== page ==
We got into the current economic crisis because many very smart people with outstanding credentials were unable to use simple arithmetic. If they knew arithmetic, they would have been able to see an $8 trillion housing bubble that was right in front of their faces.
The basic story was incredibly simple and obvious, at least as far back as 2002. After just following the overall rate of inflation for the hundred years from 1895 to 1995, house prices began to hugely outpace the rate of inflation in the mid-90s. Not coincidentally, this run-up in house prices paralleled the run-up in stock prices.
As was the case with Japan, the United States had a stock bubble and real estate bubble growing side by side. Unlike Japan, where the two bubbles crashed simultaneously, the crash of the stock bubble fed the growth of the real estate bubble in the United States. By 2002, nationwide house prices had increased by almost 30 percent above their trend levels. By their peak in 2006, they had increased by almost 80 percent above their trend level, creating more than $8 trillion in housing bubble wealth.
The inability of economists and the financial industry to see this enormous bubble was the basis for the current crisis. Remarkably, most discussions of housing policy still ignore the bubble.
It is often argued that we need to stabilize house prices. In many markets this is a desirable goal. However, in many markets in California, Florida, and the Northeast, where the bubble has not yet fully deflated, it would be counter-productive to try to sustain house prices at bubble-inflated levels.
Prices in these markets will eventually fall to their trend levels; the only question is how fast. Unfortunately, many of the same policy wizards who wanted low and moderate-income families to buy homes at bubble-inflated prices in the years from 2002-2007, would still want them to buy houses at bubble-inflated prices today. They somehow think that the best way to accumulate wealth is to own a home that is falling in value.
Even worse, they want to use lots of taxpayer dollars to keep people in homes in which they have no equity. Representative Barney Frank is one of the key villains in this story. His top priority is to use the TARP money to pay banks for their bad mortgages, so that people can stay in homes with no equity.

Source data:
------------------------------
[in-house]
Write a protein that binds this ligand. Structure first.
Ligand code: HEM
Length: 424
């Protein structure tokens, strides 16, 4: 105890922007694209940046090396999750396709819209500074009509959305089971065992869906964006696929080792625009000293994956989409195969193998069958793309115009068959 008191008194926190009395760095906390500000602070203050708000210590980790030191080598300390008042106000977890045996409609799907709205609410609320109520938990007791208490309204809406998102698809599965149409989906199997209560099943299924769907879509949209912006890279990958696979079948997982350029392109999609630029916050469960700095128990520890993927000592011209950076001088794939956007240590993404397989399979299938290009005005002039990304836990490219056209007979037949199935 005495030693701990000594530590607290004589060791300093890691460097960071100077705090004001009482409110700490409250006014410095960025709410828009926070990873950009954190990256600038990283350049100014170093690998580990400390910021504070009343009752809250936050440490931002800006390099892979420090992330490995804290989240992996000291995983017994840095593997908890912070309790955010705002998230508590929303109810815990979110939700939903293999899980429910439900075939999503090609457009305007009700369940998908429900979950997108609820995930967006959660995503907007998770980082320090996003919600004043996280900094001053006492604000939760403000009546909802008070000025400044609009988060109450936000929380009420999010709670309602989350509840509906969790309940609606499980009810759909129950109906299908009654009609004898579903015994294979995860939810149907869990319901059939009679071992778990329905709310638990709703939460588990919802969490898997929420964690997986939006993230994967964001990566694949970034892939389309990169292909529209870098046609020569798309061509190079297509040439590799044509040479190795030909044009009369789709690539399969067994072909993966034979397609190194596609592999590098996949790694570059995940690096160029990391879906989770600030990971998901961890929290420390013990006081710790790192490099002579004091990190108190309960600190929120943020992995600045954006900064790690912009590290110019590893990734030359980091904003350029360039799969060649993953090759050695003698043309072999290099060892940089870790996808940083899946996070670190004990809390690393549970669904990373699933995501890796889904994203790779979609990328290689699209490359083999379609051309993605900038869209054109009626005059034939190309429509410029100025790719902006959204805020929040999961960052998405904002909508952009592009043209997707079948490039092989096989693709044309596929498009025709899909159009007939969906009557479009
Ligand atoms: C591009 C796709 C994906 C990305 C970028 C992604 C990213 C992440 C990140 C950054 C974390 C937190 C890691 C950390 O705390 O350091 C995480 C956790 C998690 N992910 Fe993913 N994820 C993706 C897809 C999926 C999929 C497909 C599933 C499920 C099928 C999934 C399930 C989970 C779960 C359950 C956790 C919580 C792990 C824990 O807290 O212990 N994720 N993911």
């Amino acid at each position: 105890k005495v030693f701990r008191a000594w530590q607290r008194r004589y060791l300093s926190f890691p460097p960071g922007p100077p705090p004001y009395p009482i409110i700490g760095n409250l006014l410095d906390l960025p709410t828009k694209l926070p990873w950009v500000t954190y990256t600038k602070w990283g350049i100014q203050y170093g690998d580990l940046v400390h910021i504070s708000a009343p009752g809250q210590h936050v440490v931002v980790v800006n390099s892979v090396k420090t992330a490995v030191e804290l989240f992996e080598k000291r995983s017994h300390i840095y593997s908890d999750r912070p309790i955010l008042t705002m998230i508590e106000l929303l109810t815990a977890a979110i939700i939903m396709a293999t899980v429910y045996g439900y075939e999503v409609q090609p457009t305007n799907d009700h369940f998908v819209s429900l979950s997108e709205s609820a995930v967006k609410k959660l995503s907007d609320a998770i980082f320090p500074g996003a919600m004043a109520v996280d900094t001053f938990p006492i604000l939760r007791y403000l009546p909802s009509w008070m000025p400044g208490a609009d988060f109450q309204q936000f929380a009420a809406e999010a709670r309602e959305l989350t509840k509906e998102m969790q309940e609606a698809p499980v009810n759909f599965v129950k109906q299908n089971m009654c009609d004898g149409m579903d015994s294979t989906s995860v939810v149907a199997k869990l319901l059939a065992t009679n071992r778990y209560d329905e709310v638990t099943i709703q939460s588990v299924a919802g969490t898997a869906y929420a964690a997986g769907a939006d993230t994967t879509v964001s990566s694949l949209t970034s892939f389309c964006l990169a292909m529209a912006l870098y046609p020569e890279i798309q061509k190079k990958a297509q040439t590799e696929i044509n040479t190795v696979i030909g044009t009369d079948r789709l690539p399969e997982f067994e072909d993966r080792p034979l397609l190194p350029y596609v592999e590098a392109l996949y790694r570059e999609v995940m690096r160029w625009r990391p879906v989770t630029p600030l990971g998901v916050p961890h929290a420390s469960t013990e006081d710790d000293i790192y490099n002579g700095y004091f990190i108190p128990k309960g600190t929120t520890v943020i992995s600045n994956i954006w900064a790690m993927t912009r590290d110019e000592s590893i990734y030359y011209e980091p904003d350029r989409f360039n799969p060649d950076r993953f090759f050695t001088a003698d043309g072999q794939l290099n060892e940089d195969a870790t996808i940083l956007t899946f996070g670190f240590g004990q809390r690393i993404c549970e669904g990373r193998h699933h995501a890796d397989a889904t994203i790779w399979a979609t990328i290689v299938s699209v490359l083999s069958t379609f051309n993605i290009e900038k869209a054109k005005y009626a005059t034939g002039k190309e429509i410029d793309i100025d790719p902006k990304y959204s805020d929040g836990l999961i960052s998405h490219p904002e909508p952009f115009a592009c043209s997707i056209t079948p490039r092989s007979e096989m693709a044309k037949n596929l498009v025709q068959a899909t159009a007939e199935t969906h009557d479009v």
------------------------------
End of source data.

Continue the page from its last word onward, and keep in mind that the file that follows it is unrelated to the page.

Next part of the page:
This one is really baffling as economic or social policy. Should we pay a bank $20,000 in order to keep a homeowner in a home in which they have zero equity? How about $30,000? How about $50,000?
It costs a bit more than $3,000 a year to pay for a kid's health care under the State Children's Health Insurance Program. We can all understand the benefit of health care for kids. Is it worth 17 kid-years of health care to keep someone in a home in which they have no equity?
There is a simple no cost, no bureaucracy alternative to Frank's plan to hand tens of billions to banks. (Remember, the banks get the checks under Frank's plan, not the homeowners.) We can simply temporarily change the rules on foreclosure to give people facing foreclosure the right to rent their homes at the market rent.
This is extremely simple and can go into effect the day after Congress passes the rule change. Judges or the court officers handling a foreclosure would be required to ask the homeowner whether they want to stay in their house as a renter. If they say yes, there would be an appraisal of the market rent of the home, and the homeowner would then have the option to stay in the house for a substantial period of time (e.g. 10 years), paying the market rent.
This would immediately give the homeowners facing foreclosure security in their housing. If they like the house, the neighborhood, the schools for their kids, they would have the right to stay there. It would also end the problem for neighborhoods of empty foreclosed houses. And, it would give banks real incentive to negotiate terms that allow people to stay in their homes as owners.
This proposal is very simple and costless. It is also possible to build onto this proposal with mechanisms that facilitate the transition to renters or allow buyback options as Bernard Wasow of the Century Foundation and Daniel Alpert from Westwood Capital have proposed.
But, the key point here is that it is simple to find a way to help homeowners that doesn't help banks, if we are prepared to give the issue a bit of original thought. Fear of original thought among our top policy experts was the problem that got us into this enormous mess. We should not let the same group of failed experts perpetuate the damage that they caused by their fear of thinking.